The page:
Orlistat prevents the absorption of some of the fat you eat. Therefore, you should take it during the meal or within 1 hour of eating. If you occasionally miss a meal or eat a meal that contains no fat, you should skip the dose of orlistat.

Because orlistat may decrease the amount of some vitamins that your body can absorb from food, you will need to take a multivitamin supplement once a day. Take the vitamin supplement at least 2 hours before or after taking orlistat.


The dose of orlistat will be different for different patients. Follow your doctor's orders or the directions on the label. The following information includes only the average doses of orlistat. If your dose is different, do not change it unless your doctor tells you to do so.

    • For oral dosage form (capsules):

      o For treatment of obesity:

        Adults-120 milligrams (mg) three times a day with meals containing fat.

        Children-Use and dose must be determined by your doctor.

Missed dose

If you miss a dose of orlistat after a fat-containing meal, skip that dose. Wait until your next meal, and take the medicine on your regular schedule. Do not double doses.


To store this medicine:

    • Keep out of the reach of children.

    • Store away from heat and direct light.

    • Keep the medicine from freezing. Do not refrigerate.

    • Do not keep outdated medicine or medicine no longer needed. Be sure that any discarded medicine is out of the reach of children.


It is very important that your doctor check your progress at regular visits to make sure that this medicine is working properly and to check for unwanted effects.

For patients with diabetes: Weight loss may result in an improvement in your condition, and your doctor may need to change your dose of oral diabetes medicine or insulin.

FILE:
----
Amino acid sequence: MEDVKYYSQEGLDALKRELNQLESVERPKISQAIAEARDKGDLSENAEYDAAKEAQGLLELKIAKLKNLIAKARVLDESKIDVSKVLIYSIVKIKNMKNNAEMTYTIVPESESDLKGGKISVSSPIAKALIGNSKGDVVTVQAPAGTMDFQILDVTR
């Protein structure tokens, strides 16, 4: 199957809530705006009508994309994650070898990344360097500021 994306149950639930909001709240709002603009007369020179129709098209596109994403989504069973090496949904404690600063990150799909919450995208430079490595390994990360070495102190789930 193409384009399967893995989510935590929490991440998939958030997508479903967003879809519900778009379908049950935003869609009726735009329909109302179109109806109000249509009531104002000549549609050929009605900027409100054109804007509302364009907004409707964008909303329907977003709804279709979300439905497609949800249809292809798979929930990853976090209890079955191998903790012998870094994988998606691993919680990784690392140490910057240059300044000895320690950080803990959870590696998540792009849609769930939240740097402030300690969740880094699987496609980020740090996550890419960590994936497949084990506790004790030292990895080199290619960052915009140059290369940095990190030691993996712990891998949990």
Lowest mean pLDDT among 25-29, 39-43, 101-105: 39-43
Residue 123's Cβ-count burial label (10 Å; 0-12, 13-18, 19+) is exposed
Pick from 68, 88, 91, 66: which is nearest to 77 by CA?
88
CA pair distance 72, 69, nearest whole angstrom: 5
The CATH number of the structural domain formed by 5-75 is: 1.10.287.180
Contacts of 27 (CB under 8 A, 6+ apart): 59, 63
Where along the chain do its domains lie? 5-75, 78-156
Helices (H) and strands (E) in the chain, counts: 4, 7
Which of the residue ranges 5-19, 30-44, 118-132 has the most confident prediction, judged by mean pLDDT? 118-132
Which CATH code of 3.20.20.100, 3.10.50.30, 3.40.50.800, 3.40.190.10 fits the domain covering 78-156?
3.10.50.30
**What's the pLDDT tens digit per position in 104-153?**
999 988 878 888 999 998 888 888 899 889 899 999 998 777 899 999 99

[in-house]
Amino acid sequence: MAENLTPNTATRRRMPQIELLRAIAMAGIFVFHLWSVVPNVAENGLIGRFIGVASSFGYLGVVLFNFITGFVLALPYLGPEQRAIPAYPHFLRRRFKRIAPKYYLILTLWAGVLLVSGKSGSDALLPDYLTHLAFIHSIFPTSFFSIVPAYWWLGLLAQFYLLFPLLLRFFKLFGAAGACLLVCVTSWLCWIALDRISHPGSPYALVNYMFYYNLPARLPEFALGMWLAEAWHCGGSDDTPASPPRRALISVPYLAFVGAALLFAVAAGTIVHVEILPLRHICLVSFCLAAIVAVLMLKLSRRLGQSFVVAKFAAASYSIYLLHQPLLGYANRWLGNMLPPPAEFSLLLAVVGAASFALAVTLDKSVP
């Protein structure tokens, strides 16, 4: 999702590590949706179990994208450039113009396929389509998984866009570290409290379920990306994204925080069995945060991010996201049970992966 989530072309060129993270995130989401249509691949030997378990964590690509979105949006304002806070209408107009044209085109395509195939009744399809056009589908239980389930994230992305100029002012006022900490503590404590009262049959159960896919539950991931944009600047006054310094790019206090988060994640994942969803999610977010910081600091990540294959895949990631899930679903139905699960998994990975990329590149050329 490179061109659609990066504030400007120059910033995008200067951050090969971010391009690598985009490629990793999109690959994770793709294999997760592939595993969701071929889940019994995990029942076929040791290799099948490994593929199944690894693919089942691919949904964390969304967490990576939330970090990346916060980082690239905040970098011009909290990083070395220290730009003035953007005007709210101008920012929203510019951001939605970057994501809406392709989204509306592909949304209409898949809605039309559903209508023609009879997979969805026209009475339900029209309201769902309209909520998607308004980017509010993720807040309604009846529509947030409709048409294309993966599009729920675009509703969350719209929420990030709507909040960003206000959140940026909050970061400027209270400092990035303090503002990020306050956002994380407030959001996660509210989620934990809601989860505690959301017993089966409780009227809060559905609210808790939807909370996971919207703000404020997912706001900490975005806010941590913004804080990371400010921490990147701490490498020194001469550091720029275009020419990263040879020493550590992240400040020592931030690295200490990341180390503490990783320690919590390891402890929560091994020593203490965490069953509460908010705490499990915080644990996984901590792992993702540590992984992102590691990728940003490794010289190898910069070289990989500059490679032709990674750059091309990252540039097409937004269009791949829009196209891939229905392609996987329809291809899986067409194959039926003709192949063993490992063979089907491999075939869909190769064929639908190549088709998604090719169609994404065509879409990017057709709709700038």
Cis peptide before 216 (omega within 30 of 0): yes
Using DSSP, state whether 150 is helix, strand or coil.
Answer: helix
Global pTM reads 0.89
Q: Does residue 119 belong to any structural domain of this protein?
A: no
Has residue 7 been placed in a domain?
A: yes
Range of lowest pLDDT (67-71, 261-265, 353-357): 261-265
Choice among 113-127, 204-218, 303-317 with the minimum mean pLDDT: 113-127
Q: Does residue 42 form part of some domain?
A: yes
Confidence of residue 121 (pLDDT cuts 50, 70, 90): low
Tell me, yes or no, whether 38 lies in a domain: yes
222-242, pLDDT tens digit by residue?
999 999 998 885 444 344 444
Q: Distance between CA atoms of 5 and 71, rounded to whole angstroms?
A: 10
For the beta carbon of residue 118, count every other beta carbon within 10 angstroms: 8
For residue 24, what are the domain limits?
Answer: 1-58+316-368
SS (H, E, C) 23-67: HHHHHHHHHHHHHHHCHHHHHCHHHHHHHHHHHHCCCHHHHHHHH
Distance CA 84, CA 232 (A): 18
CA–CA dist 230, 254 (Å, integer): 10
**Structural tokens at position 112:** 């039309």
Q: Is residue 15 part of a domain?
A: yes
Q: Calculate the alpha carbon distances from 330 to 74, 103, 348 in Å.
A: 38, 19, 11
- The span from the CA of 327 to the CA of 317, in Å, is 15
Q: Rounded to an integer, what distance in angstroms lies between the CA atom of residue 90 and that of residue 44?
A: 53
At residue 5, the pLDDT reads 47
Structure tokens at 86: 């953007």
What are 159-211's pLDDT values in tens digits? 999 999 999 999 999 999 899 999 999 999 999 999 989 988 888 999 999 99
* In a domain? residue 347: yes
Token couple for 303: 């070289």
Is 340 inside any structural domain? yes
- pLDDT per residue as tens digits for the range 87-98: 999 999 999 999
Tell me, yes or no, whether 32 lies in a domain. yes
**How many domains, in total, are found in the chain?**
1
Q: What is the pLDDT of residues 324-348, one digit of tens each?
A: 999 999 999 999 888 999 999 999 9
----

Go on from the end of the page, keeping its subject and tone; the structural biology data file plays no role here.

Side Effects

Along with its needed effects, a medicine may cause some unwanted effects. Although not all of these side effects may occur, if they do occur they may need medical attention. Check with your doctor as soon as possible if any of the following side effects occur:

More common

Bodyache; chills; cough; fever; headache; nasal congestion; runny nose; sneezing; sore throat.

Less common

Tightness in chest; tooth or gum problems; troubled breathing; wheezing.


Bloody or cloudy urine; change in hearing; contagious diarrhea; difficult or painful urination; earache; frequent urge to urinate; pain in ear. Other side effects may occur that usually do not need medical attention. These side effects may go away during treatment as your body adjusts to the medicine. However, check with your doctor if any of the following side effects continue or are bothersome:.

More common

Gas with leaky bowel movements; inability to hold bowel movement; increases in bowel movements; oily bowel movements; oily spotting of underclothes.

Less common

Anxiety; back pain; menstrual changes; rectal pain or discomfort.

After you stop using this medicine, your body may need time to adjust. Side effects caused by orlistat usually disappear within 2 to 3 days after stopping it.

Other side effects not listed above may also occur in some patients. If you notice any other effects, check with your doctor.

June 28, 2002